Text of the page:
Popular Sire Syndrome

(Health and Genetics Chairman for the USKBTC, Gene Possidento, was given this article for circulation when he attended the Fourth AKC Parent Club Health Conference, September 19-21, 2003, in St. Louis. Research veterinarians reported on work sponsored by the AKC Canine Health Foundation.)

Popular Sire Syndrome and Concerns of Genetic Diversity

Jerold S. Bell, DVM, Tufts University School of Veterinary Medicine

There is a tendency for breeders to breed to the male who is the top-winning dog. This can also occur with a popular dog that has OFA excellent hip conformation, or has produced no epileptic offspring in matings to epileptic dams. Regardless of the popularity of the breed, if a large portion are breeding to a single stud dog, (the popular-sire syndrome), the gene pool will drift in that dog’s direction and there will be a loss of genetic diversity. Too much breeding to one dog will give the gene pool an extraordinary dose of his genes, and this will include whatever detrimental recessives he may carry, to be uncovered in later generations. This can cause future breed-related genetic disease through what is known as the founder’s effect.

Along with the thrill of owning a popular sire, comes your responsibility to the breed. Over time, you will find out what detrimental genes he carries. Hopefully these will cause minor faults, but occasionally they may cause genetic disorders. The true measure of a conscientious breeder is how this knowledge is disseminated to the owners of the next generation.

Purebred dog breeds have closed studbooks. No new genes are available to the breed, except from infrequent mutations that are usually not desirable. Considering a breed as a whole, genes cannot be gained through selective breeding; they can only be lost. This has lead breeders to question whether a pure breed can go though hundreds of years of selective breeding and still maintain its health and viability.

All genes come in pairs: one from the sire and one from the dam. If both genes are of the same type, the gene pair is homozygous. If the two are different, the gene pair is heterozygous. While each dog can have a maximum of two different genes in a pair, many different genes are potentially available to be part of the pair. The greater the number of genes that are available to each pair, the greater the breed diversity.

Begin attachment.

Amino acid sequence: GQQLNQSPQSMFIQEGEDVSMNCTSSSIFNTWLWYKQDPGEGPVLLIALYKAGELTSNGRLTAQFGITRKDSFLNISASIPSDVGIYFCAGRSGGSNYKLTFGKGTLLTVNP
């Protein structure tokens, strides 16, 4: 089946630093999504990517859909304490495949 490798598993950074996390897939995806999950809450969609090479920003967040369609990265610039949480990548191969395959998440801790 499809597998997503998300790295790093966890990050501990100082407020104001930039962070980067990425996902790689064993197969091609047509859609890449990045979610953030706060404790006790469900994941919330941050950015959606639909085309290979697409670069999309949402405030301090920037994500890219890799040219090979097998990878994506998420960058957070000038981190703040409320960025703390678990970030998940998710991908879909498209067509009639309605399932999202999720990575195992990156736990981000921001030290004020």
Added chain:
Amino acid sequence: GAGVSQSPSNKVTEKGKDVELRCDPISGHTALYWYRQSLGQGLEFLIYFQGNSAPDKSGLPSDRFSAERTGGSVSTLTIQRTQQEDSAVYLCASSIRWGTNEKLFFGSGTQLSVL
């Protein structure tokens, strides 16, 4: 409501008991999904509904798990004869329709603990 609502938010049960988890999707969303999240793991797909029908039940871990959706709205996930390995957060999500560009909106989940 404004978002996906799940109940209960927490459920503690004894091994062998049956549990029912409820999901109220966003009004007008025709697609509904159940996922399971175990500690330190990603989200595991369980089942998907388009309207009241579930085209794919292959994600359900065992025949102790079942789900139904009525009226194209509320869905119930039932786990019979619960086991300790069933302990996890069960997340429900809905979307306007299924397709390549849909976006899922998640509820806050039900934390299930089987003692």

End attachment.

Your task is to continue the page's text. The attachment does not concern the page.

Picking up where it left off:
Breeders underestimate the amount of diversity that can be present in a breed; even one with a limited group of founders. A molecular genetic study of the Chinook dog breed, which was reduced to four dogs in the 1970s, showed that there was significant gene diversity and heterozygosity in the breed.

The studbook for the Thoroughbred horse has been closed for more than 300 years. However, researchers have found that on average 63 percent of the variable gene pairs are heterozygous and that 4.7 genes are potentially available to each pair. This diversity is present in spite of the fact that 95 percent of the breed traces back to a single founder male.

Some breeders express concern that inbreeding depression may affect the viability of their breed. The consequence of inbreeding depression is not due to a general effect from a high level of homozygous gene pairs. The problem that inbreeding depression causes in purebred populations, stems from the effects of deleterious recessive genes. When homozygous, they cause impaired health.

Lethal recessives place a drain on the gene pool, through smaller litter size or neonatal death. Other deleterious genes can cause disease or impair immunity. If there is no breed diversity in a gene pair, but the particular homozygote that is present is not detrimental, there is no negative effect on health. The characteristics that make a breed reproduce true to its standard are based on non-variable (homozygous) gene pairs.